I was wondering if there was a calculator or formula I could use to find a rough estimation of the time it takes to crack hashes based on GPU. I am trying to assess how much performance I would lose/gain based on different build cases. Specifically, x3-4 RTX 2080's vs. x3-4 RTX 2060's.

I've found a few threads or websites about it but they seem more concerned with the actual algorithm and password length/complexity than anything to do with GPU performance (clock speed). Or they say just to run it in hashcat and find out but obviously that's impractical if I'm trying to assess which build case to go with for business justification purposes.

I'll be using Hashcat and really don't care about any variables other than the clock speed, so ideally we could make password length, complexity, space, hash type, attack type, etc. constants just so I can have a speed differential to compare GPU models/amounts.

  • This depends highly on the algorithm. You can always benchmark your system as well – MechMK1 Jun 17 '19 at 16:31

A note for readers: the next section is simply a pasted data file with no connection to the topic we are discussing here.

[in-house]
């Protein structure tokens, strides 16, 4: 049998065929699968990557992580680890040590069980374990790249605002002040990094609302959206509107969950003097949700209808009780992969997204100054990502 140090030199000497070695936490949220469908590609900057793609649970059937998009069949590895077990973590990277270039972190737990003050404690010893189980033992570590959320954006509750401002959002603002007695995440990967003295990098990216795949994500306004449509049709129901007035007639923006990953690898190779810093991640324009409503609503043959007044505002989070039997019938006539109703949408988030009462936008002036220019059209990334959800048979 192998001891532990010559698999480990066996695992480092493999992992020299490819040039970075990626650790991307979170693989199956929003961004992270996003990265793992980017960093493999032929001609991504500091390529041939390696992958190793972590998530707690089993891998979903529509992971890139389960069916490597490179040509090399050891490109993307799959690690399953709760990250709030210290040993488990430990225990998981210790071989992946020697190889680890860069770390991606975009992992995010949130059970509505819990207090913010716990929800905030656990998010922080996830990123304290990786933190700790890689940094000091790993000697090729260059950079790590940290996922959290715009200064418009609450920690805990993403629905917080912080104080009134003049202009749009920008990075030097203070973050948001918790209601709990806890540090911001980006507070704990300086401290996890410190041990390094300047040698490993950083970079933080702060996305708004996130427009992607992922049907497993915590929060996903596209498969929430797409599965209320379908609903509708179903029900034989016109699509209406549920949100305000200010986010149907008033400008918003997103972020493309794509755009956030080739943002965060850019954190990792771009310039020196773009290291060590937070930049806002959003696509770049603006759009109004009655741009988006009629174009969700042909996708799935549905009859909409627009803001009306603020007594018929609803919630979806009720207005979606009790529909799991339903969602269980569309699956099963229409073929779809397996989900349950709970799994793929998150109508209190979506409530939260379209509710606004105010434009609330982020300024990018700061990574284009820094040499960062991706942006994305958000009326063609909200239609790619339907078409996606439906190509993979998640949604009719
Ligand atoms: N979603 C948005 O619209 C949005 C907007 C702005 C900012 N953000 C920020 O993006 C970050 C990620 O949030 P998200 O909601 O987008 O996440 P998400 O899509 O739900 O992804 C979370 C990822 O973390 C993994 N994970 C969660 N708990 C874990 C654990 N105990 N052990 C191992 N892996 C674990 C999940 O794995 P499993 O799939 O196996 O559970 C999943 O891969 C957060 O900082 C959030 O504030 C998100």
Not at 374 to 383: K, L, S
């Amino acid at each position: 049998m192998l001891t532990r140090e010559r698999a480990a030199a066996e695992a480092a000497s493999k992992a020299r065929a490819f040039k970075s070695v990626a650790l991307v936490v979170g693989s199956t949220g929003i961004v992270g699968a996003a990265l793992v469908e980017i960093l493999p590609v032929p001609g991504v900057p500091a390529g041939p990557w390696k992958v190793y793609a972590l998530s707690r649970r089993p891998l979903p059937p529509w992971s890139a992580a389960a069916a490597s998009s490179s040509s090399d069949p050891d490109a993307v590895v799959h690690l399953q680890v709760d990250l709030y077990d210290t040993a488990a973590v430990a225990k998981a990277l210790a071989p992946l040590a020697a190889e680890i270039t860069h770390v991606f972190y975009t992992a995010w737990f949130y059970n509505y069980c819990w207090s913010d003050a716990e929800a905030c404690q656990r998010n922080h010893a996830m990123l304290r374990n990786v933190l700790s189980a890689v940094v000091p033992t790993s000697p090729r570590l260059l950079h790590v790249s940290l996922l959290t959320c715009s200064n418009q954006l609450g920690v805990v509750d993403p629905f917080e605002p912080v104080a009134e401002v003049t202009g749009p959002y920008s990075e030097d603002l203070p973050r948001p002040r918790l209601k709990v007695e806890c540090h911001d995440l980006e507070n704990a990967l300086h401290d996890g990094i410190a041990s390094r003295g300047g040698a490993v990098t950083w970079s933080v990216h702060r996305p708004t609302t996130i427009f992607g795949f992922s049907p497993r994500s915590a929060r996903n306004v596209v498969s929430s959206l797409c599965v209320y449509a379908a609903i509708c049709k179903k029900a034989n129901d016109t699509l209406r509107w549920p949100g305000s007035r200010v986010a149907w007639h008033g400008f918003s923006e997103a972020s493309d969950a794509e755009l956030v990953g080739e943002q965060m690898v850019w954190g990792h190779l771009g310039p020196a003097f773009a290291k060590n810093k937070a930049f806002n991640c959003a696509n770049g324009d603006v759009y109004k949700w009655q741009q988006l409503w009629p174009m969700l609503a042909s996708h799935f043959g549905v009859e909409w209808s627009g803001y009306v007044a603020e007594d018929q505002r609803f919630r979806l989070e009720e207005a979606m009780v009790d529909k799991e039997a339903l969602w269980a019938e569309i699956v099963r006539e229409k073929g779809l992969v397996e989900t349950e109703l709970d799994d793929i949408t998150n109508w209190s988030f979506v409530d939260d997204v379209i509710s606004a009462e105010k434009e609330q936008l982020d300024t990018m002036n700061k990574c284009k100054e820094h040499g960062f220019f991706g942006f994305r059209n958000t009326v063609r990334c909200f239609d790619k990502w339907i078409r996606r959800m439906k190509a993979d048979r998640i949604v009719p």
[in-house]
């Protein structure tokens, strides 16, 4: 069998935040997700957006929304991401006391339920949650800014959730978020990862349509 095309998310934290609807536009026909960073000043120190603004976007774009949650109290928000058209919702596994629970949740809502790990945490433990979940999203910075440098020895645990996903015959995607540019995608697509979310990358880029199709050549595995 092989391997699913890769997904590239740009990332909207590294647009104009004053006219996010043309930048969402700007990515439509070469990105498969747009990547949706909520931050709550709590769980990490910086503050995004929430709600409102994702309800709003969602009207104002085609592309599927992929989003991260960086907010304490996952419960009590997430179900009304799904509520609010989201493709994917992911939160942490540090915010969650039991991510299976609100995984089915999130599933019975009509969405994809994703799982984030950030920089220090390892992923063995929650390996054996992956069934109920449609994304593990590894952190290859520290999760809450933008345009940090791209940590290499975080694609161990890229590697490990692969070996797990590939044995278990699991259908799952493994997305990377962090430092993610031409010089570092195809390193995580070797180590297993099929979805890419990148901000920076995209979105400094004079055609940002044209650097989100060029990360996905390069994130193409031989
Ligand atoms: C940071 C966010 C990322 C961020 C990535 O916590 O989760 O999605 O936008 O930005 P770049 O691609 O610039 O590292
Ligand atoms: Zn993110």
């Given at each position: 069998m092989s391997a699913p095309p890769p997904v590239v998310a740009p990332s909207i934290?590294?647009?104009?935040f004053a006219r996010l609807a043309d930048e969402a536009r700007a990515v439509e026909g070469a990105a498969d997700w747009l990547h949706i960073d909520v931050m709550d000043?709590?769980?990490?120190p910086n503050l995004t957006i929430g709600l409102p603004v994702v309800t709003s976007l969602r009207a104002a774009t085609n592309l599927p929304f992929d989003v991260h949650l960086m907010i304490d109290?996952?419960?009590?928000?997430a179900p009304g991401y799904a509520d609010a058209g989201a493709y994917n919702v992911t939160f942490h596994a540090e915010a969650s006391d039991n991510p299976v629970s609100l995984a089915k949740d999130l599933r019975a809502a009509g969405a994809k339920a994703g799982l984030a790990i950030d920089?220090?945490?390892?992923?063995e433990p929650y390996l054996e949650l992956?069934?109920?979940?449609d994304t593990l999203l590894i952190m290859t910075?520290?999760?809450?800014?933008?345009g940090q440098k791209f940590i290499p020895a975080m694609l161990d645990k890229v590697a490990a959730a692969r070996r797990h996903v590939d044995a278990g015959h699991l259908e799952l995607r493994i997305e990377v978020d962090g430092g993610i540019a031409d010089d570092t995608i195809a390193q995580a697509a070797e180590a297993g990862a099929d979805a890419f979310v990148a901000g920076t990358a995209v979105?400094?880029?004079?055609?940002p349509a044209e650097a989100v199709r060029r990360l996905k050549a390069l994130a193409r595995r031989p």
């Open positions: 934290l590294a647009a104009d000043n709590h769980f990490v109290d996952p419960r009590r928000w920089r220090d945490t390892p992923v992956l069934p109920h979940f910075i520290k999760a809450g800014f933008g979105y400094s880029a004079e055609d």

• Yes, so for simplicity sake let's say it's always MD5# – Ryan Jun 17 '19 at 19:14
  • Then it still depends on your environment. How busy is your cracking machine? Is it properly cooled? There are so many variables it's impossible to give a number like "These many cores at this speed will give you X hashes per second" - just like it's not possible to say that having a certain graphics card will guarantee you a certain FPS for a specific game. – MechMK1 Jun 17 '19 at 19:19
  • Hmm. I was afraid of that. What do you recommend would be a better metric to justify one GPU over another to nontechnical personnel? – Ryan Jun 17 '19 at 19:36

As was mentioned, getting exact number of hashes per second is impossible, but some benchmarks should give you an idea of scaling if the coolling and other variables are equal or adequate.

Now I would avoid mentioning precise numbers and keep in mind that while comparing NVIDIA RTX 2060 and 2080 sgould give you a decent idea, comparing NVIDIA and AMD or RTX vs Titan or even across generations can be widely off if you use different hash algorithm than the benchmark.


| improve this answer | |
  • Benchmarking is essentially the only correct way. – MechMK1 Jun 18 '19 at 4:48

Your Answer

By clicking “Post Your Answer”, you agree to our terms of service, privacy policy and cookie policy

Not the answer you're looking for? Browse other questions tagged or ask your own question.